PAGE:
Mitochondria-targetable carbon quantum dots for differentiating cancerous cells from normal cells†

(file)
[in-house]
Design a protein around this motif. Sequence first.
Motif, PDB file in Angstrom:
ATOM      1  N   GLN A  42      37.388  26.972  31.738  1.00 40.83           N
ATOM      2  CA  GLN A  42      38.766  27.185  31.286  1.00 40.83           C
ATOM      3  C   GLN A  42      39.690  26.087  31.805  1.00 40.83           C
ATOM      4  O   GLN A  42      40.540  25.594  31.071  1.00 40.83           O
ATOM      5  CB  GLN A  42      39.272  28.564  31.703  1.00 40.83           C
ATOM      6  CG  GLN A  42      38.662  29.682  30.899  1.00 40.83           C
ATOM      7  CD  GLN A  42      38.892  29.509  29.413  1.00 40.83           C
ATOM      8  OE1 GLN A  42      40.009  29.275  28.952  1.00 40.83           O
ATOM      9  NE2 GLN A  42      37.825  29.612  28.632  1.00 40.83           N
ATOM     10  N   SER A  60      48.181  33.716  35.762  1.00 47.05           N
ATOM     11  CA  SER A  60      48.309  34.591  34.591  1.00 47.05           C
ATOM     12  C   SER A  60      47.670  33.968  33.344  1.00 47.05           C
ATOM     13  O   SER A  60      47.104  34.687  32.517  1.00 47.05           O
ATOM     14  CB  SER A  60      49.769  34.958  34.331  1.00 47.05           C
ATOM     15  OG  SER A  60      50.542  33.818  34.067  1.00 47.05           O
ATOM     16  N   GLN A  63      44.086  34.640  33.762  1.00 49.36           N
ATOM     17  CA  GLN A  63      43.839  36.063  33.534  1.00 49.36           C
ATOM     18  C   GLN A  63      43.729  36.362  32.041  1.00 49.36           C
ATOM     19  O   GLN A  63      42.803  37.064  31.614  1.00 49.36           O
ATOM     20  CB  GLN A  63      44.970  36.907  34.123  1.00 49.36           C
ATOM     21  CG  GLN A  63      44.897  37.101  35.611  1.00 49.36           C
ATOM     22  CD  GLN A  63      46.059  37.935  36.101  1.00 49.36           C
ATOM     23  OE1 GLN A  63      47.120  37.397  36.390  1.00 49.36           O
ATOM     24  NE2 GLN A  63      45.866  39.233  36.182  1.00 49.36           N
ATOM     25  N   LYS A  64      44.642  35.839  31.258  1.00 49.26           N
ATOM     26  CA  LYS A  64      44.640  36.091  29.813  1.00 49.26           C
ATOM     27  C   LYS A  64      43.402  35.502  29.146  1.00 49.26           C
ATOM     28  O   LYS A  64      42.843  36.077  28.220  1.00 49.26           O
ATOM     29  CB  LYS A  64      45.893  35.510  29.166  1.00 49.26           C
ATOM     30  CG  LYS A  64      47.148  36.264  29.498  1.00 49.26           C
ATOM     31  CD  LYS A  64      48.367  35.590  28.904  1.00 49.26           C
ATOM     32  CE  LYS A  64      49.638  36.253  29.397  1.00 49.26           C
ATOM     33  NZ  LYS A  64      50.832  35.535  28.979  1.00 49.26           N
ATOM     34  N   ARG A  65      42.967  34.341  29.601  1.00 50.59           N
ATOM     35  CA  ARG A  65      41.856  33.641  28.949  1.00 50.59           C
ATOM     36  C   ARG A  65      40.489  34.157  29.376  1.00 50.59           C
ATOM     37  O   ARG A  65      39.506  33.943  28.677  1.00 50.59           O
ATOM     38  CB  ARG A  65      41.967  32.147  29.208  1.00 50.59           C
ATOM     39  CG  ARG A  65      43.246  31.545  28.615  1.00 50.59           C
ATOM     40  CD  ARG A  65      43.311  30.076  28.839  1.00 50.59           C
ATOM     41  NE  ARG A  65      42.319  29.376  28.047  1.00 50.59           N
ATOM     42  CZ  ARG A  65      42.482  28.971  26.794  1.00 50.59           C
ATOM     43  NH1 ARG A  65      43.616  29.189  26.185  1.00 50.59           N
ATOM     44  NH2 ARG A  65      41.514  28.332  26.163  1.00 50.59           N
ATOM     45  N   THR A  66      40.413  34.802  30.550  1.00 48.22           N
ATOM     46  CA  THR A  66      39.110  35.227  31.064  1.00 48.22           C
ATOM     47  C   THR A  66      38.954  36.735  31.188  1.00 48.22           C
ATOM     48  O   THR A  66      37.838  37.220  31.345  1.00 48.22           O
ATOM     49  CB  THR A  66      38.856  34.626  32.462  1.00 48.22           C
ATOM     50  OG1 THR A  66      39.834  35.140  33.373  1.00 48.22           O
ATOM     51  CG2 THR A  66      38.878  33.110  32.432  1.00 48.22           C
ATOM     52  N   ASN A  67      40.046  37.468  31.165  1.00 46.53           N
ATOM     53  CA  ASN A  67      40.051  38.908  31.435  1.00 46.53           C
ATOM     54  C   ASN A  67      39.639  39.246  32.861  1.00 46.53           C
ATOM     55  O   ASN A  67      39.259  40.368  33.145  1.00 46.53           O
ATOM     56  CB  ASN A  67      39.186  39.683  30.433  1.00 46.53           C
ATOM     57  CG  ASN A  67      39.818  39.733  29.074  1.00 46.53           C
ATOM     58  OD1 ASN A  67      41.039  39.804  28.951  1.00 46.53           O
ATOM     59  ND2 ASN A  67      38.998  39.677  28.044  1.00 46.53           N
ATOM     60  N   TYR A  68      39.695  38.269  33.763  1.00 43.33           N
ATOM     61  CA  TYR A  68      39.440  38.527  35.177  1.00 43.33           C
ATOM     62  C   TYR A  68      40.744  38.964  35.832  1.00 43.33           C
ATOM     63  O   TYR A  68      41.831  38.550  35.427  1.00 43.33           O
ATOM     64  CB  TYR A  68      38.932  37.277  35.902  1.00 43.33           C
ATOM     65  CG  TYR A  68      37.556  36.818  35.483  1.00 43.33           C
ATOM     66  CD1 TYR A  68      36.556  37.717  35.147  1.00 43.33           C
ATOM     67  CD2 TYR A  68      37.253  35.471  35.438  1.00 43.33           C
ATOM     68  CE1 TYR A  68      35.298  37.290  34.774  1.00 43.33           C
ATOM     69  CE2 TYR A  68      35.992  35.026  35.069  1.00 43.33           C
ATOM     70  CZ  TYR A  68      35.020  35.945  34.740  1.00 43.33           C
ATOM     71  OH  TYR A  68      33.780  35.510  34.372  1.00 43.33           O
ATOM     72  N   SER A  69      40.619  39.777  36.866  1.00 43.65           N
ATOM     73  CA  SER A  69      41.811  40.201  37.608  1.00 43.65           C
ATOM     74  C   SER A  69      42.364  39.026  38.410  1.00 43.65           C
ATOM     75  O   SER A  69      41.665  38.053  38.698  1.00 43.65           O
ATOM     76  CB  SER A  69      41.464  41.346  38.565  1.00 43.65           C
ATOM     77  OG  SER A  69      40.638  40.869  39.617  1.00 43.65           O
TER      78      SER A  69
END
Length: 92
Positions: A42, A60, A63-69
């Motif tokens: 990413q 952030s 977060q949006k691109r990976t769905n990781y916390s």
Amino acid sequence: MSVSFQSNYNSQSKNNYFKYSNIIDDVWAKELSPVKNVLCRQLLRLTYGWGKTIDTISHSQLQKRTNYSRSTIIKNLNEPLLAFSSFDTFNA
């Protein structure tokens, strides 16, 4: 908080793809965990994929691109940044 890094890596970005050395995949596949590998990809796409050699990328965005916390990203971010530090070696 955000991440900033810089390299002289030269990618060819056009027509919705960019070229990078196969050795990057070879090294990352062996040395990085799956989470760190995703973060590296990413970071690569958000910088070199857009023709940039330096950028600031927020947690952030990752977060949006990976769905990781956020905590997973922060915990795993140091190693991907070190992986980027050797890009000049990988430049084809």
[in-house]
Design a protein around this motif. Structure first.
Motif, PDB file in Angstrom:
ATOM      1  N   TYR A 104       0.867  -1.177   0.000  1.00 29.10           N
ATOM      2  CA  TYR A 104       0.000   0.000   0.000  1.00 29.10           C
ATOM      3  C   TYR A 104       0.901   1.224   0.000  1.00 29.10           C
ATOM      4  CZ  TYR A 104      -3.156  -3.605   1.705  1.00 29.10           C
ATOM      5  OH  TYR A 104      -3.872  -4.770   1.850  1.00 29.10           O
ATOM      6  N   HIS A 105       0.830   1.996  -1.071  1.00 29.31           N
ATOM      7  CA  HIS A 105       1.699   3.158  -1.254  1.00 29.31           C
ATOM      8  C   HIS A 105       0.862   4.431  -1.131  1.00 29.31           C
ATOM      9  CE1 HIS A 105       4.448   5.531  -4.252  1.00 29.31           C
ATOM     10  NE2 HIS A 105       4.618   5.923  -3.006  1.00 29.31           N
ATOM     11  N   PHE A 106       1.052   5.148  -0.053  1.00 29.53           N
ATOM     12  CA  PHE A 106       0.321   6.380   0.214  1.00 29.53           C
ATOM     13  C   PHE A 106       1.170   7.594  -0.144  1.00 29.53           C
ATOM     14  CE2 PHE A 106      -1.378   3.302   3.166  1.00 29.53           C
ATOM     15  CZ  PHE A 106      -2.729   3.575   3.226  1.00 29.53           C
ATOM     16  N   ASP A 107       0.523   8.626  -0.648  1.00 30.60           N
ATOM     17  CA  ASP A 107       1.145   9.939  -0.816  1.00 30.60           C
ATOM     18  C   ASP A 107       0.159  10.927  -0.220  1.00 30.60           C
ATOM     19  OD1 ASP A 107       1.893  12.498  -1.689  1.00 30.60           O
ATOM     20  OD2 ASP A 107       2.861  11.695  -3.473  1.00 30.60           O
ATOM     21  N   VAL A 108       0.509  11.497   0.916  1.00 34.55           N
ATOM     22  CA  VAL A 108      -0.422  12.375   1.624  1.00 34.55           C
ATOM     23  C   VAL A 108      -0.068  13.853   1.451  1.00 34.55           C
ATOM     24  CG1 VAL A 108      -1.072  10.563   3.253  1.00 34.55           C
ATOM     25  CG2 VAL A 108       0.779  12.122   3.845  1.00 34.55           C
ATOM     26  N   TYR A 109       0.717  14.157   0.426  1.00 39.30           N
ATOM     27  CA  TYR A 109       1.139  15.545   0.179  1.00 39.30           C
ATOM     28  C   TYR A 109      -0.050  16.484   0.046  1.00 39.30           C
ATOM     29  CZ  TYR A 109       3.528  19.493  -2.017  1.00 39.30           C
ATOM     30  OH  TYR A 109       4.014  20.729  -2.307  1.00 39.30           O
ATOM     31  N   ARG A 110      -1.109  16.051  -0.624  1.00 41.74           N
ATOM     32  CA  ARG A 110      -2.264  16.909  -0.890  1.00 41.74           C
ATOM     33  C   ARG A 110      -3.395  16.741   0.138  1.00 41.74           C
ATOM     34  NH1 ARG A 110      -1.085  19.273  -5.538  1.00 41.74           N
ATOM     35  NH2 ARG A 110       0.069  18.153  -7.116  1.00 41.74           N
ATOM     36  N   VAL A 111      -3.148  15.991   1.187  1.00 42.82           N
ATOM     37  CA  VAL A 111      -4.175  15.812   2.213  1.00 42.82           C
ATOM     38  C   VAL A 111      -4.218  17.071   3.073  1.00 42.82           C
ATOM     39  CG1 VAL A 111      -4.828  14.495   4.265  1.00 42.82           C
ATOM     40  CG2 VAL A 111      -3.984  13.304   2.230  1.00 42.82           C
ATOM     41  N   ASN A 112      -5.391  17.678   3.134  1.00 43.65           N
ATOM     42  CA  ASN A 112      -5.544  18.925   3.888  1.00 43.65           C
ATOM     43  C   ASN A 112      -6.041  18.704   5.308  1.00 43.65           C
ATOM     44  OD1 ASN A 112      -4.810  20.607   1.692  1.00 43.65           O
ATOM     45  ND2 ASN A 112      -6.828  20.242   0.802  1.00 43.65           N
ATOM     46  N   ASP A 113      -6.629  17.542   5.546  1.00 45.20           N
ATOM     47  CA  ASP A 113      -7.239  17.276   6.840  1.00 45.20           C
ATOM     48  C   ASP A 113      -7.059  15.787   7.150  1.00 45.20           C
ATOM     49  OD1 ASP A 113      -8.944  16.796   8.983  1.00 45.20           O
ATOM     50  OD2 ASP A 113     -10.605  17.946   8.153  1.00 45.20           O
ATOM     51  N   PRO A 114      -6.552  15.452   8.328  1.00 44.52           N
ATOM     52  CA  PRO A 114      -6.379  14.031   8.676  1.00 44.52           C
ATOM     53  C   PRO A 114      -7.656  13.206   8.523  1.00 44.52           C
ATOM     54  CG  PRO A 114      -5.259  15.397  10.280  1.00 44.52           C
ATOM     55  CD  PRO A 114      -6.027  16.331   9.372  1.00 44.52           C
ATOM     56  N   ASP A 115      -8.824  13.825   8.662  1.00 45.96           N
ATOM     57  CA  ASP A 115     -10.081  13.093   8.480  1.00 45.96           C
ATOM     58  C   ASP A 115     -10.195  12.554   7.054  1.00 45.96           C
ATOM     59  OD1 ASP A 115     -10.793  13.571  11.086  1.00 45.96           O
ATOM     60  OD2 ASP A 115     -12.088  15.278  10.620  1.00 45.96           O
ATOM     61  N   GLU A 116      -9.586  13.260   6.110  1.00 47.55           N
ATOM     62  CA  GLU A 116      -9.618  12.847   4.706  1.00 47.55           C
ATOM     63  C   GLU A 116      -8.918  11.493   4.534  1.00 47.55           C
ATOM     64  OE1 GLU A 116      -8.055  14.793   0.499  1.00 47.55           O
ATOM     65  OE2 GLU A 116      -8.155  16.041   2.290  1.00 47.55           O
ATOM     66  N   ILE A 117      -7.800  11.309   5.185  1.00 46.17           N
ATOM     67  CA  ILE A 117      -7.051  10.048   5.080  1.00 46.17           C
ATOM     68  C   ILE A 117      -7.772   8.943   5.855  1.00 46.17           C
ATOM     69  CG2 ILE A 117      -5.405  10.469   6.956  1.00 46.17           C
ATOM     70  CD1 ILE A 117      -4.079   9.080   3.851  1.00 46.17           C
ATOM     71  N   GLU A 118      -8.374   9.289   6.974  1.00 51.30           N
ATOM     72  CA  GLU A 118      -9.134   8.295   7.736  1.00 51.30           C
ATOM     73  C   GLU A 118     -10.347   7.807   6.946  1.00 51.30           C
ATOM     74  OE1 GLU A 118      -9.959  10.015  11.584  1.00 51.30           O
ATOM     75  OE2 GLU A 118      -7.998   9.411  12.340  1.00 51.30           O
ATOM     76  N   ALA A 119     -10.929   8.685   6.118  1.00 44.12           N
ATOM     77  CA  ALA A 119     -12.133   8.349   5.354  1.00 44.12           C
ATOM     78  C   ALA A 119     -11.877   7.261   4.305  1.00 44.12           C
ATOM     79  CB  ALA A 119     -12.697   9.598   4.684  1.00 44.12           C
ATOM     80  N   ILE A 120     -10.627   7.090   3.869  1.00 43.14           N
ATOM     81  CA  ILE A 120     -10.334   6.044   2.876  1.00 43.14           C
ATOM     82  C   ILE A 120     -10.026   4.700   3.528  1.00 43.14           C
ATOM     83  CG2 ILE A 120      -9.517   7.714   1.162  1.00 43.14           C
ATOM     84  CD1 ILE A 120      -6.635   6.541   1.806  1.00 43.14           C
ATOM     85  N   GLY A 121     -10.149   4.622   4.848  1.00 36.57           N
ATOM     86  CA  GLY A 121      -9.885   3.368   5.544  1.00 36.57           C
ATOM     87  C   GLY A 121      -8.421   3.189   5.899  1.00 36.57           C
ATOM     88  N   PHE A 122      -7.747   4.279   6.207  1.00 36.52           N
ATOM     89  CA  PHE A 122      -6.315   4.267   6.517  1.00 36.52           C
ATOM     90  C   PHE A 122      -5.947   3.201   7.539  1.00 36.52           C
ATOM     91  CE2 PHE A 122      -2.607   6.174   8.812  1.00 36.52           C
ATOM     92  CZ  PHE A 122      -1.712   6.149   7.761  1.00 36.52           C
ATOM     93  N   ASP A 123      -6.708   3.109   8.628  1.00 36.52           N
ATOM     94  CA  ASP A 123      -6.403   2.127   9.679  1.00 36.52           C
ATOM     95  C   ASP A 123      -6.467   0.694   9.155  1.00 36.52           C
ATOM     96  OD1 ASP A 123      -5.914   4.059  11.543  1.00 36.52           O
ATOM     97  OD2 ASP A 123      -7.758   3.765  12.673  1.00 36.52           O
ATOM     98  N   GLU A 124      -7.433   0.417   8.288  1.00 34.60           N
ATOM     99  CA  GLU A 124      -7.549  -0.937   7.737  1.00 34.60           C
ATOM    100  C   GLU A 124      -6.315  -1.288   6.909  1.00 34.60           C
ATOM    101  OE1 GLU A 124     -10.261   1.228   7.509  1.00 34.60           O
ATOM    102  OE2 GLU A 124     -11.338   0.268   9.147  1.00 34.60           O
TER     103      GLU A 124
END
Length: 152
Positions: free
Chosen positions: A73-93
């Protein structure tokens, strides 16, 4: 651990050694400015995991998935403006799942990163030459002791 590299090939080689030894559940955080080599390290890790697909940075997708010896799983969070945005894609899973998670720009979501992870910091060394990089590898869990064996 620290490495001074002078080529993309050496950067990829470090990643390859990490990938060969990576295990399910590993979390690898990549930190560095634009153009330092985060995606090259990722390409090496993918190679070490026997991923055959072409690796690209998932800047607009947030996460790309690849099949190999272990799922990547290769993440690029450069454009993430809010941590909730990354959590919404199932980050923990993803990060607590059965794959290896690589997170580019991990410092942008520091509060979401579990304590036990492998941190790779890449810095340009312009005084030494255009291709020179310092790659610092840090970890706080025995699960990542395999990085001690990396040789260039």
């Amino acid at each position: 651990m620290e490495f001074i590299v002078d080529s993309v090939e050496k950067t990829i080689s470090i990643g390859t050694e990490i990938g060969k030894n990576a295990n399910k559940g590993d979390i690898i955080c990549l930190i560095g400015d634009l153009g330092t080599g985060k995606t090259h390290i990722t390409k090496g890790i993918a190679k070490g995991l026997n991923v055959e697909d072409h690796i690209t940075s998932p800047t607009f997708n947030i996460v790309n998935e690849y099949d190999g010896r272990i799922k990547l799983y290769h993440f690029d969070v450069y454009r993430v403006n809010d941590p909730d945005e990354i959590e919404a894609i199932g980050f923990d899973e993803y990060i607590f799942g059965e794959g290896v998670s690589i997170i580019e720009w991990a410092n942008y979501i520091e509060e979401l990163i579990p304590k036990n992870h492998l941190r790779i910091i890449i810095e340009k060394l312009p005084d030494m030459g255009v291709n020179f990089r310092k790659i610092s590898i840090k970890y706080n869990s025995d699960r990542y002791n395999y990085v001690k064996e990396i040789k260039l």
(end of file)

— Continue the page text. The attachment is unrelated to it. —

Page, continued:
In this study, a series of fluorescent carbon quantum dots (or carbon dots, CDs) with inherent mitochondrial targeting/imaging and cancerous/normal cell differentiation capabilities were prepared by a one-pot solvothermal treatment of glycerol and a silane molecule. Glycerol acted as a solvent and carbon source, and the silane molecule acted as a passivation agent. The as-prepared CDs could specifically and stably (for at least 24 h) visualize mitochondria of various types of cells without the introduction of mitochondria-targeting ligands (such as triphenylphosphonium). In addition, the CDs exhibited extraordinary features including facile synthesis, good water solubility, favorable biocompatibility, and excellent photostability as compared to commercial mitochondrial probes. Moreover, the CDs could efficiently distinguish cancerous cells from normal cells with high fluorescence contrast due to differences in their mitochondrial membrane potentials and substance uptake efficiencies. More importantly, to the best of our knowledge, the present study provides the first example of using CDs to distinguish cancerous cells from normal cells. The remarkable features of mitochondria-targeted imaging and cancerous cell recognition make the CDs an excellent fluorescent probe for various biomedical applications.